Kevin Celestino spends long hours sitting in front of a computer in his career as an architect, but he decided 10 years ago he needed exercise he would enjoy. That’s when he began devoting time to riding his bicycle.
Now, Celestino continues to get around Winnipeg on his bicycle most of the time year round. He says while cycling infrastructure has come a long way since 2012, all forms of green infrastructure need to be prioritized.
“If the infrastructure is there it welcomes people to do it. It makes it easier for someone who hasn’t tried it,” Celestino said. “That safety net is so important getting into it for the first time in a long time. Infrastructure: build it; they will come.”
Canadian Environment Minister Steven Guilbeault unveiled the federal government’s plan to drastically curb greenhouse gas emissions for the next eight years to meet ambitious 2030 reduction targets, with plans for the country to be hit a zero-emission target by 2050.
Prime Minister Justin Trudeau has said that 60 per cent of all new personal vehicles sold in Canada will be zero-emission by 2030. The transportation sector is the second-leading source of emissions.
In Manitoba, transportation accounts for the largest portion of greenhouse gas emissions — about 40 per cent.
A greater reliance on zero-emissions vehicles will help curb emissions in the province, and Micah Boisjoli is all for it.
The owner of Greenway Motors in Transcona North, Boisjoli sells used electric vehicles. He is all for the federal government spending $1.7 billion to extend existing incentives that offer credits to people who buy zero-emissions vehicles, and promising $400 million in new funding to add 50,000 charging stations across Canada.
Boisjoli says 10 years ago there were only three charging stations in Manitoba. Today there are upwards of 100 with more being added every week.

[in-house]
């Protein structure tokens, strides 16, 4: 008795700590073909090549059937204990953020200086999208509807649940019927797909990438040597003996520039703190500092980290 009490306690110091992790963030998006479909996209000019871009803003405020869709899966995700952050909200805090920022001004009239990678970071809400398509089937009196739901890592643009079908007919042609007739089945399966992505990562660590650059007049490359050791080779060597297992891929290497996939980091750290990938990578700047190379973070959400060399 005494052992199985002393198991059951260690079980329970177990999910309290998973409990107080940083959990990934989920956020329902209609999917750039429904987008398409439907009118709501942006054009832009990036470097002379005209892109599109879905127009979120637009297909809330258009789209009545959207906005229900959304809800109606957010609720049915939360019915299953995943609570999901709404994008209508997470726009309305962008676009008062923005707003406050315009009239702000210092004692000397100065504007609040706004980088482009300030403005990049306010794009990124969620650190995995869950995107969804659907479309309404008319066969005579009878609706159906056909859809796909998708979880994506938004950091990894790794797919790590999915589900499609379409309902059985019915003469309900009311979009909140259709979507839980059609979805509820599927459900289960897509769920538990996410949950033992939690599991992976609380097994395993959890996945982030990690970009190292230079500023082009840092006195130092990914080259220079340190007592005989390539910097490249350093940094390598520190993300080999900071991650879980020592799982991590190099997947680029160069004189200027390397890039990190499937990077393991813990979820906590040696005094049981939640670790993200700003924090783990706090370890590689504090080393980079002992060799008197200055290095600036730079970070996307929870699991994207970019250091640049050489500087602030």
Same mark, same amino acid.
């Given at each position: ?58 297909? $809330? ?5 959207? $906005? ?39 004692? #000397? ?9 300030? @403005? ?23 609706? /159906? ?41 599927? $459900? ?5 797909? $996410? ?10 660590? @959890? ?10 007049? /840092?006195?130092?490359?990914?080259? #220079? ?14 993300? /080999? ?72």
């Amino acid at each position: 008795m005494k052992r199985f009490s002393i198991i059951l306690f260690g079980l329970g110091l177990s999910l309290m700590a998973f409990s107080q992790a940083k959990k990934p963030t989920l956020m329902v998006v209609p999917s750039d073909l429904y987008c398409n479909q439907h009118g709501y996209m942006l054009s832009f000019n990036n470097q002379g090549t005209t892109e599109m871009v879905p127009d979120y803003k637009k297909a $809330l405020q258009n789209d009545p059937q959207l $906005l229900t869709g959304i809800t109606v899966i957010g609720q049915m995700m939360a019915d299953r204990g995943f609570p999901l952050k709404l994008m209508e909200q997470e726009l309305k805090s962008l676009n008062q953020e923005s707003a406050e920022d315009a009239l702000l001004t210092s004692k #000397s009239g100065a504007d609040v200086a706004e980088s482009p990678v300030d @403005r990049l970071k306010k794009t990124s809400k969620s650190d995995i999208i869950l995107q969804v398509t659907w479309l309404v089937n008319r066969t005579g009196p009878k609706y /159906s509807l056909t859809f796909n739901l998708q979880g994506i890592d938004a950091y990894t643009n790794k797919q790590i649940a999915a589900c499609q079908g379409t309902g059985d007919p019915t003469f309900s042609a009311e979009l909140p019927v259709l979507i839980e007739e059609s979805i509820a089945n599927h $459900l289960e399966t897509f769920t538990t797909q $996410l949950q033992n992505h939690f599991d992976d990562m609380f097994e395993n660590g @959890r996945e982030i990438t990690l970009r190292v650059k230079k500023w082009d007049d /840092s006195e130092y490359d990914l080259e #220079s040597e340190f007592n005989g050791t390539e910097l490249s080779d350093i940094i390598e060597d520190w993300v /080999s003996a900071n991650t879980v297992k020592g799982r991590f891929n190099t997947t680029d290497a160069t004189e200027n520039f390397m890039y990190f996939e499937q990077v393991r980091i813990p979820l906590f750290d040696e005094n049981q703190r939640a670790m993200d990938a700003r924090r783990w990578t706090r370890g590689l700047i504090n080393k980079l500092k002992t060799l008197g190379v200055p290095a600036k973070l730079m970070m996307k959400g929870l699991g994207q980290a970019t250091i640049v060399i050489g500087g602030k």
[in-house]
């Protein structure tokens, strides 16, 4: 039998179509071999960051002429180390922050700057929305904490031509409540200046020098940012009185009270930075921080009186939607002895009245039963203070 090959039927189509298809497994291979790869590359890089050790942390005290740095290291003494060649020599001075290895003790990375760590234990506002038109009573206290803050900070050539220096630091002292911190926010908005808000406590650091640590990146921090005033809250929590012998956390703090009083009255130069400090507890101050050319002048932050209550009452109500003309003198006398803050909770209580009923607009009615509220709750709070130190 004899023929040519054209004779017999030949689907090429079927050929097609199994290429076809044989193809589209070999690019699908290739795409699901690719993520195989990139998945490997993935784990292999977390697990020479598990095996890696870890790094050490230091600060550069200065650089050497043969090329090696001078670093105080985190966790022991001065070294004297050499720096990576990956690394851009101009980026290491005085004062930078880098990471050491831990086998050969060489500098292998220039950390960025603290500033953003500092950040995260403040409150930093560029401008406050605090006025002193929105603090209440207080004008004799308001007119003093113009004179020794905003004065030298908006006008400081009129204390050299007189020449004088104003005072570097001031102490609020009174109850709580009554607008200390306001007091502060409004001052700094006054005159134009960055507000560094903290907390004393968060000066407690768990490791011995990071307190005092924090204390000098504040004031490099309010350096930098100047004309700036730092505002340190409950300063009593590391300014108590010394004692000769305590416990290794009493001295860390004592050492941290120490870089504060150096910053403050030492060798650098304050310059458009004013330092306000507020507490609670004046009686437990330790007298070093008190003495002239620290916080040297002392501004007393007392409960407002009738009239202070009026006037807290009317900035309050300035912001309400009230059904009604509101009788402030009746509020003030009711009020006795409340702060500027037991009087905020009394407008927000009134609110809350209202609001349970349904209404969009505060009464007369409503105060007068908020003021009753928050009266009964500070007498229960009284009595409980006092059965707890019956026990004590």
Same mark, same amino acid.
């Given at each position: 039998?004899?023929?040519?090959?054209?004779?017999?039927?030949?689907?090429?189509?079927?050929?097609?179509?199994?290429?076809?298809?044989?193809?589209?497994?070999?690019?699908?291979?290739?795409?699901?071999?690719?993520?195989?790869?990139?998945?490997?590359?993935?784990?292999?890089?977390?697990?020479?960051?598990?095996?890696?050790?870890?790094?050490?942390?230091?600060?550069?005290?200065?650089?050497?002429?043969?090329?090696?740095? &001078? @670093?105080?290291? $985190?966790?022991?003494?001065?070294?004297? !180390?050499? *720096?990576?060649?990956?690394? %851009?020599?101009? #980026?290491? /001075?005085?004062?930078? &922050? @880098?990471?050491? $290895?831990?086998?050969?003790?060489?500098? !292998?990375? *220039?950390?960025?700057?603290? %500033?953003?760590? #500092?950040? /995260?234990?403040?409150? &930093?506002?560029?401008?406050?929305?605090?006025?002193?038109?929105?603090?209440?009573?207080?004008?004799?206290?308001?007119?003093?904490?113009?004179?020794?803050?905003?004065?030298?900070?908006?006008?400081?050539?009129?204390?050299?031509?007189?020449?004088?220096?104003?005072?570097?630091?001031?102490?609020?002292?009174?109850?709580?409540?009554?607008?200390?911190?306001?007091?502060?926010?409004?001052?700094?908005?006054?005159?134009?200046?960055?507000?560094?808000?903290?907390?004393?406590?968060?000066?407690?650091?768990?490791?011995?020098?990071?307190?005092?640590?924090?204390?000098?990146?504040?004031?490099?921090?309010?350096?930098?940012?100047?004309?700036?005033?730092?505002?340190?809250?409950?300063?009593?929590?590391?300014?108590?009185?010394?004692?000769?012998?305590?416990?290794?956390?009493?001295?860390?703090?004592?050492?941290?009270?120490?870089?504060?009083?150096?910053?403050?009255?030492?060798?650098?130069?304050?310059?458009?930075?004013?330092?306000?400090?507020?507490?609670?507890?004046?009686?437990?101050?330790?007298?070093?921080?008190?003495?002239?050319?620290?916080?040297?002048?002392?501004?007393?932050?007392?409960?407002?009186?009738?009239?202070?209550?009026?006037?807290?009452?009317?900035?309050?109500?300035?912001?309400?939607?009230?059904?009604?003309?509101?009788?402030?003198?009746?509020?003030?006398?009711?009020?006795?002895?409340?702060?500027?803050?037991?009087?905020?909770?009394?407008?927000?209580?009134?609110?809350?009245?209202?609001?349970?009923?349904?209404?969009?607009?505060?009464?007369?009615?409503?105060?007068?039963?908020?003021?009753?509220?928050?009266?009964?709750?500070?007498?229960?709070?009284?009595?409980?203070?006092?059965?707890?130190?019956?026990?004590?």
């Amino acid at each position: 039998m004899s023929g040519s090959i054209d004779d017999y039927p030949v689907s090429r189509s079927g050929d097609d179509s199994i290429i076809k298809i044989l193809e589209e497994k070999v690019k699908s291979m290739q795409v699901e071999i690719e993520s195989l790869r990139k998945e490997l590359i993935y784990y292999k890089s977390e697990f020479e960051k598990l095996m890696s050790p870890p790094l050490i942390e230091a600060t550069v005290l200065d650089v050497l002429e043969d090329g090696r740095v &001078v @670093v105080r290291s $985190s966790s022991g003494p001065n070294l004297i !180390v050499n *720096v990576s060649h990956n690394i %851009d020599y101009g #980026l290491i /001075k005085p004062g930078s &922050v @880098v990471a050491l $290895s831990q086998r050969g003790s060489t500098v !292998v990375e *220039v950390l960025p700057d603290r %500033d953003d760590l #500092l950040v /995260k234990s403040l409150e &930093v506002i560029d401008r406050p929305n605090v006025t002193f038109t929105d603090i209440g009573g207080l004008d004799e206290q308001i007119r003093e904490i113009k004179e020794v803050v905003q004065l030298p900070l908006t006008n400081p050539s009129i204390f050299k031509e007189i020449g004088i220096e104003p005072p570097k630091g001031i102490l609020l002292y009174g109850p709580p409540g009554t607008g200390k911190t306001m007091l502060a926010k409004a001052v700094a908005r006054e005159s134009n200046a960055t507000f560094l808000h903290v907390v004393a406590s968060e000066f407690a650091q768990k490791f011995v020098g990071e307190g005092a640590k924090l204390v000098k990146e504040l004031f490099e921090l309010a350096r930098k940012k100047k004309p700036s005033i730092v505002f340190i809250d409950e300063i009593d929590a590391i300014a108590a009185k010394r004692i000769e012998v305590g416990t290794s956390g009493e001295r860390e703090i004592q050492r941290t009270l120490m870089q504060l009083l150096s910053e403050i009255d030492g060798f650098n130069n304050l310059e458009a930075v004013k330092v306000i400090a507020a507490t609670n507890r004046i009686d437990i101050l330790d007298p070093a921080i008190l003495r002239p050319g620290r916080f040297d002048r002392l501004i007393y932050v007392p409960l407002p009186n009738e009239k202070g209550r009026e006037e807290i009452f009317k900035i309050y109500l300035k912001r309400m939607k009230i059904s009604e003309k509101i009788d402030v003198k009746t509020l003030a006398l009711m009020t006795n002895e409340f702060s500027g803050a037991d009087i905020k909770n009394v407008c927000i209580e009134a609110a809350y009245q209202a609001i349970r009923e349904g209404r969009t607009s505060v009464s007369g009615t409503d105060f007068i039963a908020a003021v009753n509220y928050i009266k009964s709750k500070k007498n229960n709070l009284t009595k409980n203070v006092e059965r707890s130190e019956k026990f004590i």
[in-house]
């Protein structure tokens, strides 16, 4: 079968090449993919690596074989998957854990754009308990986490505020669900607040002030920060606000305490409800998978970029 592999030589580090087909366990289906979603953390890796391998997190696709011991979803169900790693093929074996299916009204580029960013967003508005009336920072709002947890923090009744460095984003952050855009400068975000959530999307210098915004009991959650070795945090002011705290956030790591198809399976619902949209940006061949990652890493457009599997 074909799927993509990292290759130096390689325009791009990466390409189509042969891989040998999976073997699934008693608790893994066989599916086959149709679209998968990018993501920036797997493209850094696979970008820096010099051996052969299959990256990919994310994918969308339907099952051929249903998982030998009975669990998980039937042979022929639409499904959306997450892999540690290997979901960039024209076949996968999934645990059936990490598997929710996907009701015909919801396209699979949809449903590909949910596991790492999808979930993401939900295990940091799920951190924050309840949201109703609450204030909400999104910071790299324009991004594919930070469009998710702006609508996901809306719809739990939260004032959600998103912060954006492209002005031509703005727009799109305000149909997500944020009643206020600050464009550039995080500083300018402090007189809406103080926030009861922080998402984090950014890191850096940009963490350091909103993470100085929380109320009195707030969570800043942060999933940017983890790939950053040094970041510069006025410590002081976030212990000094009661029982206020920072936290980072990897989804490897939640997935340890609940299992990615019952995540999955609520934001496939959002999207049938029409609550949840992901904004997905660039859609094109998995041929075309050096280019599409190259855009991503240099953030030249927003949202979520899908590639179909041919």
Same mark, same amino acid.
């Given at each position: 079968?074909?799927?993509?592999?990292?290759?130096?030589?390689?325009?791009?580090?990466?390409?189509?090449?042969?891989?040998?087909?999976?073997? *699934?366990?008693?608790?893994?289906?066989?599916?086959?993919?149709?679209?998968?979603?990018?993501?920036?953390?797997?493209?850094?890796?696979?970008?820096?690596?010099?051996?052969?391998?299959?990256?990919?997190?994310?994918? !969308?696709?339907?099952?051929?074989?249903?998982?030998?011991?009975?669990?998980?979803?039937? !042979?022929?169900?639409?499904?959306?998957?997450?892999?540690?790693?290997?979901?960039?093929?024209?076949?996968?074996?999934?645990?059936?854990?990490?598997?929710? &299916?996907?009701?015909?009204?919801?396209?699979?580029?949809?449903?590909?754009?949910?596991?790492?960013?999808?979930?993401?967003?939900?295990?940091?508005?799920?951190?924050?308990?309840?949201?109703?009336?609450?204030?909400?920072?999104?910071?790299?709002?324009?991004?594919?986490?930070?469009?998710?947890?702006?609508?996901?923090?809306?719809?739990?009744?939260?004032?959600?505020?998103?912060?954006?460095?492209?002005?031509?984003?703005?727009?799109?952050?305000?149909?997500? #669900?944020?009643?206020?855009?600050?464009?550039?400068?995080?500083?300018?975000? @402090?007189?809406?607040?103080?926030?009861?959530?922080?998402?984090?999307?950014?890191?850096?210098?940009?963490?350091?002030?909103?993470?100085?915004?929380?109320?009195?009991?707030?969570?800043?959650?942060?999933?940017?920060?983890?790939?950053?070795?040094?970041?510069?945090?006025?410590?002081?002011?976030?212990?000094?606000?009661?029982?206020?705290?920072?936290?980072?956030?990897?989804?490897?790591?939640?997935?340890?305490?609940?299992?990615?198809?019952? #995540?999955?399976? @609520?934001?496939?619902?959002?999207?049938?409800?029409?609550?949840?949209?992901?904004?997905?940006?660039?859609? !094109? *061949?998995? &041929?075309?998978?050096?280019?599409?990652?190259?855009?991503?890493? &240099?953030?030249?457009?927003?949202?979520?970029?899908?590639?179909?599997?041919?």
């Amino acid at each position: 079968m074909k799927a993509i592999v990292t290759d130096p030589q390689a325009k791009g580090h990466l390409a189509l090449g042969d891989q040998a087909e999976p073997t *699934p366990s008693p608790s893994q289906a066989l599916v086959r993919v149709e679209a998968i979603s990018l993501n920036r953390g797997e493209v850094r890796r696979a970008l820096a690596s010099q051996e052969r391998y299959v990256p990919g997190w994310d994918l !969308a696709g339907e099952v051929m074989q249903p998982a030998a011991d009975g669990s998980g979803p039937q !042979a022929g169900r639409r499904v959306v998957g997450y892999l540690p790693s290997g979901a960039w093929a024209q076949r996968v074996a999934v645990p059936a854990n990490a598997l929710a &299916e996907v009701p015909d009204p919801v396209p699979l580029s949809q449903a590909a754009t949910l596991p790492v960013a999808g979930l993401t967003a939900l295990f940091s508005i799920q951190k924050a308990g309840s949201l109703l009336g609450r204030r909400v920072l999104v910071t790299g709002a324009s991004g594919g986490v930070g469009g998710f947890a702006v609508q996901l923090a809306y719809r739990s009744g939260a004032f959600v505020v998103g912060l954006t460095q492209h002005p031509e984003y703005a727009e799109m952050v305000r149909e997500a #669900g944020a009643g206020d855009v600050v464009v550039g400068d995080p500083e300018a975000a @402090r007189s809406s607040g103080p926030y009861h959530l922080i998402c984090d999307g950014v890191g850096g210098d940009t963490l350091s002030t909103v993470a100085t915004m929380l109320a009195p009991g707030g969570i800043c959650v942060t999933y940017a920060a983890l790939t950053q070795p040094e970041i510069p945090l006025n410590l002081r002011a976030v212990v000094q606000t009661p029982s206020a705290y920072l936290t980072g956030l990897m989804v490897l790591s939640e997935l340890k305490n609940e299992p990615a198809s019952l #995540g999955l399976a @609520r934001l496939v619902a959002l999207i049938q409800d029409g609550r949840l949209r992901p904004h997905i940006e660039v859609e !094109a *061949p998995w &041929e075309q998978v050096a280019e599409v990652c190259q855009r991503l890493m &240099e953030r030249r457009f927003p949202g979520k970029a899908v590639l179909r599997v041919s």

“I think the charging infrastructure is certainly very important,” he said. “I think it sounds like the federal announcement really hit a couple of key topics.”
Manitoba short on EV incentives
Incentives have worked particularly in some places outside Manitoba, including British Columbia, which offers a vehicle rebate of up to $3,000 after leasing or buying a new EV through the CleanBC Go Electric program.
“Incentives definitely do increase sales of the electric vehicles,” Boisjoli said. “If you look at different jurisdictions across Canada, B.C. and Quebec have had provincial rebates for many years and they sell the vast majority of electric vehicles in Canada.”
After gas prices shot up within the past month, Boisjoli says he has received more inquiries about electric vehicles.
There is a higher up-front cost for electric vehicles, but he says the average cost per kilometre is 1.5 cents for an electric vehicle, compared with a gas- or diesel-powered vehicle that ranges from 10 cents to 20 cents per kilometre.
That doesn’t include the lower operating cost in terms of maintenance for electric vehicles, he says.
“Some people are ready to buy, some people are asking questions, and I think that’s the most important thing, is we need to educate everyone on the technology,” Boisjoli said.
“If a person reaches out and speaks to someone who has been driving an electric vehicle for a long time, especially in Manitoba … you’ll learn that they they do work here and they are a viable transportation alternative.”
Winnipeg Transit eyes zero-emission buses
Increased use of public transportation will also cut down on emissions, and the City of Winnipeg is aiming to eliminate nearly 62 tonnes of greenhouse gas annually for every zero-emission bus in its fleet.
The city currently does not have any zero-emission buses in operation, but in an email to CBC News a city spokesperson said an application under the Investing in Canada Infrastructure program has been submitted to buy 100 to 110 such buses for Winnipeg Transit by 2027.
The city estimates it will save more than $75 million during the lifetime of the first buses, with the transition to zero-emission buses estimated to cut greenhouse gas emissions between 80,000 and 90,000 tonnes over the next decade, the spokesperson added.
Provincially, since the inauguration of the Conservation and Climate Fund in 2020-21, Manitoba has supported commercial vehicle electrification pilots and projects to install electric vehicle chargers in municipalities and institutions.
Celestino feels people talk differently about climate change in Manitoba compared with a place such as B.C. because it’s not as noticeable from day to day here compared with the West Coast.
He believes the enormity of climate change itself is difficult to comprehend, and instead offers the idea of community-focused solutions — similar to the cycling community he says has come to enjoy being part of in Winnipeg.
“If we truly take care of ourselves and have a community that supports us, from there we can create a bigger impact than trying to solve climate change, however daunting that sounds.”